The book covers all aspects of software development and is a good reference book to have in your library if you are planning to write and/or are managing gradle based builds for your company or team. It explains how gradle can play a part in every aspect of software development cycle from using IDE, to compilation, to unit-testing and integration test, to releasing versions of code all the way to managing infrastructure to push code to servers. Consider this book as a tool to get you going. It gives a good foundation which you can apply to solve your project's specific issues.

I have been using Gradle for project builds for about a year now and I have had my challenges with Gradle. There are times when I needed to get a specific task done and could not figure the recommended way to achieve it i.e. should one use dependsOn or doLast. The documentation seems too vast to figure.

'Gradle in Action' is comprehensive and well laid out. It gives a ground up view of the Gradle tooling. It starts with the basics of the gradle framework, then builds on it with definitions of projects, tasks and expressing dependencies of a task. The details of how to write single and multi-project builds, tasks and task extensions and custom plugins are well addressed and give the reader enough to accomplish gradle based projects. I had used a lot of these capabilities in my gradle builds but the book helped me understand that there are simpler constructs I could use, a point-in-case being the concept of ''rules' covered in 4.2.11 which allows common code/patterns to be applied repeatedly. I find that after reading the book I can put more structure to the gradle builds and simplify them.
2 of 2 people found the following review helpful
Good guide to the gradle world 23 Mar. 2014
By Alessandro Campeis - Published on Amazon.com
Format: Paperback
Gradle is a fantastic tool, it helps you write much simpler, readable and maintainable builds then using the tools we were used to use in the past (oh yes, you can read it as ANT+MAVEN).
There was just a downside... I always found documentation sparse and hard to find what I need and this books contains exactly what's needed to fill this empty space.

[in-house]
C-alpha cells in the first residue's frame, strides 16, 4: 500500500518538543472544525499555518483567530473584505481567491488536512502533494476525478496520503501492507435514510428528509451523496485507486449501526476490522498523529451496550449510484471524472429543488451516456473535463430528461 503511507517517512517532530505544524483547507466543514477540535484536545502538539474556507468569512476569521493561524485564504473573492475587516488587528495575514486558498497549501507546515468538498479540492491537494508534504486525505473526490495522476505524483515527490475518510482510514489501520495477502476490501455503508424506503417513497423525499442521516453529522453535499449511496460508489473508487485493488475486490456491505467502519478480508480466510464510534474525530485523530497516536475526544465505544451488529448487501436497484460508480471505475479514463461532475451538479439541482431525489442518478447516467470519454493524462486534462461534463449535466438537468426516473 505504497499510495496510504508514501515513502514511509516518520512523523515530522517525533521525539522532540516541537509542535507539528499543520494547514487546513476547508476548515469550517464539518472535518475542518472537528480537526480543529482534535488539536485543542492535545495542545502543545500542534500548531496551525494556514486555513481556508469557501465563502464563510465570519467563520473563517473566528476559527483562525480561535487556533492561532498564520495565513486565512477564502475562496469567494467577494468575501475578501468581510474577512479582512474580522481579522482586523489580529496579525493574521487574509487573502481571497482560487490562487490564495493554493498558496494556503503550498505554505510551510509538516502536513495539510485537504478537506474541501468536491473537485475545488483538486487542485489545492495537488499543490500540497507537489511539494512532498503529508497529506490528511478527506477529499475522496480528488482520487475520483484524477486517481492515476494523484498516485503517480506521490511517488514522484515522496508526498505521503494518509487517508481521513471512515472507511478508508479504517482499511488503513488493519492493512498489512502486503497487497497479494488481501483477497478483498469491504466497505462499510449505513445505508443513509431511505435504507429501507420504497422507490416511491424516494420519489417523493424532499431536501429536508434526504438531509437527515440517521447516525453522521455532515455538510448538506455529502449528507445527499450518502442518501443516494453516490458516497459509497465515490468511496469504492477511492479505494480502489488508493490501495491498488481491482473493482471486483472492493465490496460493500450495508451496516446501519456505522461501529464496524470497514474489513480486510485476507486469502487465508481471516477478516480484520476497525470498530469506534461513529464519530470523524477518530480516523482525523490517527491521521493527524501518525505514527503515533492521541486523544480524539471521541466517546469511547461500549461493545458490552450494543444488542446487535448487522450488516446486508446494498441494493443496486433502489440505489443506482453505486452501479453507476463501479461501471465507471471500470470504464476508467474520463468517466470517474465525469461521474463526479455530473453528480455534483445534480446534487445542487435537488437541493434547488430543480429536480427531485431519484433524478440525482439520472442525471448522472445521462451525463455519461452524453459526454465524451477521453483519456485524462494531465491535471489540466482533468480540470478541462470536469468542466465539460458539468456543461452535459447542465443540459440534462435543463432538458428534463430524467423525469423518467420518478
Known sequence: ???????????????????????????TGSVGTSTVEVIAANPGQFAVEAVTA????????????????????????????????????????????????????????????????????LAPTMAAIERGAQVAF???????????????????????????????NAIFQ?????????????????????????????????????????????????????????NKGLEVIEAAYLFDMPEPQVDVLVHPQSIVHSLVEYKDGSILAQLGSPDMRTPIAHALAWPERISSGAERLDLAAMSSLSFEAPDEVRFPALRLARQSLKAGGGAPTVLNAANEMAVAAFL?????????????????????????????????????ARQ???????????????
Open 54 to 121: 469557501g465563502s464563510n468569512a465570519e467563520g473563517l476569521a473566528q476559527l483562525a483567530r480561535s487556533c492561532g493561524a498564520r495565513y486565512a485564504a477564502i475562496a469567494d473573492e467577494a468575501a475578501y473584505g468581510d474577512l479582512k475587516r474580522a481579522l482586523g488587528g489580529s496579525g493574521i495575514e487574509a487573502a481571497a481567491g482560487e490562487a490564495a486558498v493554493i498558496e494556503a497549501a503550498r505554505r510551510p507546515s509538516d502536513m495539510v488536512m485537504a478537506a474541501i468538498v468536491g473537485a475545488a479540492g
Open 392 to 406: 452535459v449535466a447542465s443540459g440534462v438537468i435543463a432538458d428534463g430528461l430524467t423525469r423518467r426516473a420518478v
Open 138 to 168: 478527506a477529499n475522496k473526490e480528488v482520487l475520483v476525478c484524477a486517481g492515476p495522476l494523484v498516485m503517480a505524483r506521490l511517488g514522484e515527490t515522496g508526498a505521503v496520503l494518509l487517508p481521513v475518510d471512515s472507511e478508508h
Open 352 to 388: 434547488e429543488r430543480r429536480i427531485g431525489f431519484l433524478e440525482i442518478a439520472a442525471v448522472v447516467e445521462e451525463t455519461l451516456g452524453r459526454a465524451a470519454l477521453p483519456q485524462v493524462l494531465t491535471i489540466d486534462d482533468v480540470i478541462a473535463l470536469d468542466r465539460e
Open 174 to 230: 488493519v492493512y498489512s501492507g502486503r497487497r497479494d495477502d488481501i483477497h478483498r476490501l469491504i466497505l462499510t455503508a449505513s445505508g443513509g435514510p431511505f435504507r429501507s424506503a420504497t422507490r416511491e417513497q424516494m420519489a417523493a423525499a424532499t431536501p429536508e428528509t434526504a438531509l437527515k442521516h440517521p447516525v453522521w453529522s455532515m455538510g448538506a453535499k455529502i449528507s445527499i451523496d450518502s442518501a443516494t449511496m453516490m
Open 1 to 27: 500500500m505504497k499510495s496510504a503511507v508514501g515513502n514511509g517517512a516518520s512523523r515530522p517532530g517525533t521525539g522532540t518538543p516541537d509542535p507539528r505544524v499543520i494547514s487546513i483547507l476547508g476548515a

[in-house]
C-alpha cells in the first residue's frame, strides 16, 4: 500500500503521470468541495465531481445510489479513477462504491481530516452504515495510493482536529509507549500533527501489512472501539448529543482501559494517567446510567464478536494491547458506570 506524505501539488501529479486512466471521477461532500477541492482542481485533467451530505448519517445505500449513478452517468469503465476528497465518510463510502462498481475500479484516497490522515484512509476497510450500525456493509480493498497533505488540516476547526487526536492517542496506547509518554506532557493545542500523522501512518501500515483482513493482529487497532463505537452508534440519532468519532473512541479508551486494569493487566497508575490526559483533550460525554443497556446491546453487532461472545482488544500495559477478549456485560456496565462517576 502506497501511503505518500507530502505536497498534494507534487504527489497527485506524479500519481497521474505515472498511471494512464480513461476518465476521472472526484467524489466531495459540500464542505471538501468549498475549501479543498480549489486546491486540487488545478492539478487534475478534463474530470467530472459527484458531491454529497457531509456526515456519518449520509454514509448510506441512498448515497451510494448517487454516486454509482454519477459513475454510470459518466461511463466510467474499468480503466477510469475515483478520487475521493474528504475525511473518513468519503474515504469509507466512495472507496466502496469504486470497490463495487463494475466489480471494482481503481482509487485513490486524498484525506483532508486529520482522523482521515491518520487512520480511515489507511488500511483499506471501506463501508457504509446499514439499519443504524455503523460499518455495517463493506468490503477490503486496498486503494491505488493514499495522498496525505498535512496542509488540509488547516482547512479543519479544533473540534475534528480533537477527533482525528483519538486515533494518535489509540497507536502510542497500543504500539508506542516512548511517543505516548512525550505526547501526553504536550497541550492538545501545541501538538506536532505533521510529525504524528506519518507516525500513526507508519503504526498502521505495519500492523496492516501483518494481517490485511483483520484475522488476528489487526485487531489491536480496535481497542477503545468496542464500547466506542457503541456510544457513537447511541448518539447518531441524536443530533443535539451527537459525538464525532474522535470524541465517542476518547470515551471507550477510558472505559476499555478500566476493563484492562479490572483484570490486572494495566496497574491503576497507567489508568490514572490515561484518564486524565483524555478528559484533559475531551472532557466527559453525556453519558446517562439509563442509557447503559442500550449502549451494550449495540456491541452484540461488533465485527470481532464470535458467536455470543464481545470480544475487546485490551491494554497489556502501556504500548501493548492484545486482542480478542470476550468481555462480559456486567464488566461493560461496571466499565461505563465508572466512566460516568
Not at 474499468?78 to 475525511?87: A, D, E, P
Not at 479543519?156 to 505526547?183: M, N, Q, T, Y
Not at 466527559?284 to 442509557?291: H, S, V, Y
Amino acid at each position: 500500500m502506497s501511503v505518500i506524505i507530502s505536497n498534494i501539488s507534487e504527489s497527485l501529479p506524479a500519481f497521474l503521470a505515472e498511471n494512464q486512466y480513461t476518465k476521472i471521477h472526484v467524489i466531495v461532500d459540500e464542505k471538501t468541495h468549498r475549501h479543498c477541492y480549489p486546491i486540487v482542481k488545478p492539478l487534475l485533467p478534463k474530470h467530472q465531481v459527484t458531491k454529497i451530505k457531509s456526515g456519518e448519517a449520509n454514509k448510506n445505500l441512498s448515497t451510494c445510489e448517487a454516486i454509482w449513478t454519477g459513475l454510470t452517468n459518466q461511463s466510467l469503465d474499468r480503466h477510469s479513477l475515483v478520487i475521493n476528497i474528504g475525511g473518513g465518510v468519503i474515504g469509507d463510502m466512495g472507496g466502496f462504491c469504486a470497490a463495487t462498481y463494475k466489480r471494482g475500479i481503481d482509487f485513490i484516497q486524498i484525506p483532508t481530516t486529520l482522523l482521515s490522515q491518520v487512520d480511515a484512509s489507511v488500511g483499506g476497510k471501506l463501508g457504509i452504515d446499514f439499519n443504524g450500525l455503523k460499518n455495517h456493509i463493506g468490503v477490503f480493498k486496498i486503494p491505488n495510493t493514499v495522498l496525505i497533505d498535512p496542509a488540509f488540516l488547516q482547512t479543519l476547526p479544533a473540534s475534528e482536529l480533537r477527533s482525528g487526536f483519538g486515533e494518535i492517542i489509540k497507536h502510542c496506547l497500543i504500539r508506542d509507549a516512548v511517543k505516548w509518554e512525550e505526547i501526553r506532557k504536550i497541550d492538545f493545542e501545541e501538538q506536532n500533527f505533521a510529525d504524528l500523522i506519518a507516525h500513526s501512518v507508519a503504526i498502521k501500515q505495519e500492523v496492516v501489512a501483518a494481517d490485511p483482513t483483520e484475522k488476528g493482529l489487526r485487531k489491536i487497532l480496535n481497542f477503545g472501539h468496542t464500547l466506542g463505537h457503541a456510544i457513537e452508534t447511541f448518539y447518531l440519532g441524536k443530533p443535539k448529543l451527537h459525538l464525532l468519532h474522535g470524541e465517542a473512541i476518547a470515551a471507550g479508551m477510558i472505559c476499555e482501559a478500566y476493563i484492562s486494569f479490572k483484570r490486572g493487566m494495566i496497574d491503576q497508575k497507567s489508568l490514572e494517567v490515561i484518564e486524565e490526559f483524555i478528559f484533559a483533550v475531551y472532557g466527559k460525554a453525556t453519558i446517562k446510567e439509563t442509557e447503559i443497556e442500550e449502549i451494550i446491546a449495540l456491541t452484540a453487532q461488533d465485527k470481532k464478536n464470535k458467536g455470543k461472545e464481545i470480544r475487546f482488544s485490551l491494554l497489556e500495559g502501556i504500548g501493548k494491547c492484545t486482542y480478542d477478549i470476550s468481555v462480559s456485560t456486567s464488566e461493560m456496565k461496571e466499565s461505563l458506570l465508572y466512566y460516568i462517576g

First part of the book is a recap of the build script world, what we need it for, how we solved it in the past and how gradle wants to position itself in the build tools scene.
Second part is where the good stuff is in my opinion: the author makes a great job at introducing the reader in the mix of conventions and groovy scripts that makes the base of gradle. You're not just being told how to do things with gradle, but you 've been explained the gradle model and lifecycle. This way your gently driven through the gradle way of thinking.
Third part is made of recipes style chapters where the author has collected many practices and told on how to integrate gradle in your development and release cycle, from IDE integration, to continuous building till release in production.

Even if the book has many practical advice on how to solve your build problems, where it really shines is on how it teaches you to write your own code in a maintainable and reusable way going into the details of writing scripts, plugins and integrating with your existing Ant/Maven scripts to help you incrementally move your build infrastructure to gradle.
2 of 2 people found the following review helpful
Will Gradle overtake Maven and Ant among Java build tools? It does seem a lot easier to use. 11 Mar. 2014
By Si Dunn - Published on Amazon.com
Format: Paperback
I have enjoyed reading and learning from this well-written. well-structured book. "Gradle in Action" does use some Groovy in most of its code examples. But you are not expected to have experience with that language. Instead, the author gradually introduces Groovy and shows how it is used in the software build processes, while keeping the book’s focus on Gradle and Gradle’s advantages over Maven and Ant (with Ivy). Java developers and automation engineers especially may want to check out "Gradle in Action" and consider adding Gradle to their software build toolboxes.
1 of 1 people found the following review helpful
Good source if you interested in Gradle. Authors present the material in easy to read and understand concepts. 28 April 2014
By kathleen estrada - Published on Amazon.com
Format: Paperback
I was recently tasked with creating portlets in Groovy for a new portal, that sat on top of a second portal. I struggled constantly with balancing the different versions of Java, Groovy, Grails, Liferay, Ant and/or Maven. So I cringed when I first thought of adding Gradle into the mixture, but was relieved to get rid of Ant and/or Maven.
This book provided me with with clear information I was able to use immediately. It is difficult to find an all-in-one information stop online and I do spend too much time searching multiple sources online, than having to piece the information together so it works for me.
If you plan to work with Groovy, this book is a must. Apppendix B is helpful if you are new to Groovy, so you can start using the Gradle build tool for your Groovy projects.